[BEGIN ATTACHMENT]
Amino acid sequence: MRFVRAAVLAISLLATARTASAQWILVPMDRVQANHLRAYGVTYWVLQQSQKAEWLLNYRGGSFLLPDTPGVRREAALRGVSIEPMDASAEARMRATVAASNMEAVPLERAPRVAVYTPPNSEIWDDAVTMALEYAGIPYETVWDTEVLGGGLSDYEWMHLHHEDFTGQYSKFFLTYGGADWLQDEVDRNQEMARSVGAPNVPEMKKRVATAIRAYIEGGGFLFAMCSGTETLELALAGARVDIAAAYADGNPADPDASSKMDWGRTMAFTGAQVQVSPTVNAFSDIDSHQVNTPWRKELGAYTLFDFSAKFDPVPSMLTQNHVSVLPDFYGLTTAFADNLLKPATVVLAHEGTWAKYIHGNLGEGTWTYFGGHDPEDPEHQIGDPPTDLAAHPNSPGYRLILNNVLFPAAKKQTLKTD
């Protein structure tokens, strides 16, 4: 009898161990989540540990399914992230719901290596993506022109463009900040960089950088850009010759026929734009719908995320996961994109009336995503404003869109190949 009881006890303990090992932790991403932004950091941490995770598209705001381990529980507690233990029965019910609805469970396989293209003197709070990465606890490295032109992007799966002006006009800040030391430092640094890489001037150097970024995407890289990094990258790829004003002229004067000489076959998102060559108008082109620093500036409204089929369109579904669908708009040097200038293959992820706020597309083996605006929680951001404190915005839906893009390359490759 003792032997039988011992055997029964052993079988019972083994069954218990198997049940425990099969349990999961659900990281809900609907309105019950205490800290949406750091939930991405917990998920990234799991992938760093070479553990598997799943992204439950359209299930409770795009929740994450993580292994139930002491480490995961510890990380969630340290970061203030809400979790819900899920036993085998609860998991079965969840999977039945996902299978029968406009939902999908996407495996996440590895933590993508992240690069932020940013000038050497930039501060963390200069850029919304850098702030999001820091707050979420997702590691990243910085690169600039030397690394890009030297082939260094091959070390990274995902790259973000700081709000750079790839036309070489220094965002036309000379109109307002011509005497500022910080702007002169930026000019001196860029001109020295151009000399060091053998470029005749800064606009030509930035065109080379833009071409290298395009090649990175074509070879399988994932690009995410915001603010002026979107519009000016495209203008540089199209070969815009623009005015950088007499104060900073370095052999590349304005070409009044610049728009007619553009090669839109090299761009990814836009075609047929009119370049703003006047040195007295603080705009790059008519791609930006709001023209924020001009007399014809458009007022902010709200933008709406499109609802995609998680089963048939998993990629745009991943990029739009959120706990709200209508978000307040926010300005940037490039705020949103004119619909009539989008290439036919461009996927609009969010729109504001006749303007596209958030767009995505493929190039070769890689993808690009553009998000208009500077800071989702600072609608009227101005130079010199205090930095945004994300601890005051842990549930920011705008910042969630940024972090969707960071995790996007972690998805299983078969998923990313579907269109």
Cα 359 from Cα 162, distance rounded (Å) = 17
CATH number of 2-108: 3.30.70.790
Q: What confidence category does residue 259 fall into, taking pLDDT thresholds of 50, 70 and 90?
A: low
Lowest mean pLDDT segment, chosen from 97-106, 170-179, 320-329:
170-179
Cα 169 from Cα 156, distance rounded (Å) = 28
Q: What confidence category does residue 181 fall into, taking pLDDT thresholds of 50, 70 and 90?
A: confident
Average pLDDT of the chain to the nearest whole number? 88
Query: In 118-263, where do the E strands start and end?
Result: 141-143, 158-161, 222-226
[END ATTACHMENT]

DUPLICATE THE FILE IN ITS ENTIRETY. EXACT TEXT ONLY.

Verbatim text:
Amino acid sequence: MRFVRAAVLAISLLATARTASAQWILVPMDRVQANHLRAYGVTYWVLQQSQKAEWLLNYRGGSFLLPDTPGVRREAALRGVSIEPMDASAEARMRATVAASNMEAVPLERAPRVAVYTPPNSEIWDDAVTMALEYAGIPYETVWDTEVLGGGLSDYEWMHLHHEDFTGQYSKFFLTYGGADWLQDEVDRNQEMARSVGAPNVPEMKKRVATAIRAYIEGGGFLFAMCSGTETLELALAGARVDIAAAYADGNPADPDASSKMDWGRTMAFTGAQVQVSPTVNAFSDIDSHQVNTPWRKELGAYTLFDFSAKFDPVPSMLTQNHVSVLPDFYGLTTAFADNLLKPATVVLAHEGTWAKYIHGNLGEGTWTYFGGHDPEDPEHQIGDPPTDLAAHPNSPGYRLILNNVLFPAAKKQTLKTD
């Protein structure tokens, strides 16, 4: 009898161990989540540990399914992230719901290596993506022109463009900040960089950088850009010759026929734009719908995320996961994109009336995503404003869109190949 009881006890303990090992932790991403932004950091941490995770598209705001381990529980507690233990029965019910609805469970396989293209003197709070990465606890490295032109992007799966002006006009800040030391430092640094890489001037150097970024995407890289990094990258790829004003002229004067000489076959998102060559108008082109620093500036409204089929369109579904669908708009040097200038293959992820706020597309083996605006929680951001404190915005839906893009390359490759 003792032997039988011992055997029964052993079988019972083994069954218990198997049940425990099969349990999961659900990281809900609907309105019950205490800290949406750091939930991405917990998920990234799991992938760093070479553990598997799943992204439950359209299930409770795009929740994450993580292994139930002491480490995961510890990380969630340290970061203030809400979790819900899920036993085998609860998991079965969840999977039945996902299978029968406009939902999908996407495996996440590895933590993508992240690069932020940013000038050497930039501060963390200069850029919304850098702030999001820091707050979420997702590691990243910085690169600039030397690394890009030297082939260094091959070390990274995902790259973000700081709000750079790839036309070489220094965002036309000379109109307002011509005497500022910080702007002169930026000019001196860029001109020295151009000399060091053998470029005749800064606009030509930035065109080379833009071409290298395009090649990175074509070879399988994932690009995410915001603010002026979107519009000016495209203008540089199209070969815009623009005015950088007499104060900073370095052999590349304005070409009044610049728009007619553009090669839109090299761009990814836009075609047929009119370049703003006047040195007295603080705009790059008519791609930006709001023209924020001009007399014809458009007022902010709200933008709406499109609802995609998680089963048939998993990629745009991943990029739009959120706990709200209508978000307040926010300005940037490039705020949103004119619909009539989008290439036919461009996927609009969010729109504001006749303007596209958030767009995505493929190039070769890689993808690009553009998000208009500077800071989702600072609608009227101005130079010199205090930095945004994300601890005051842990549930920011705008910042969630940024972090969707960071995790996007972690998805299983078969998923990313579907269109």
Cα 359 from Cα 162, distance rounded (Å) = 17
CATH number of 2-108: 3.30.70.790
Q: What confidence category does residue 259 fall into, taking pLDDT thresholds of 50, 70 and 90?
A: low
Lowest mean pLDDT segment, chosen from 97-106, 170-179, 320-329:
170-179
Cα 169 from Cα 156, distance rounded (Å) = 28
Q: What confidence category does residue 181 fall into, taking pLDDT thresholds of 50, 70 and 90?
A: confident
Average pLDDT of the chain to the nearest whole number? 88
Query: In 118-263, where do the E strands start and end?
Result: 141-143, 158-161, 222-226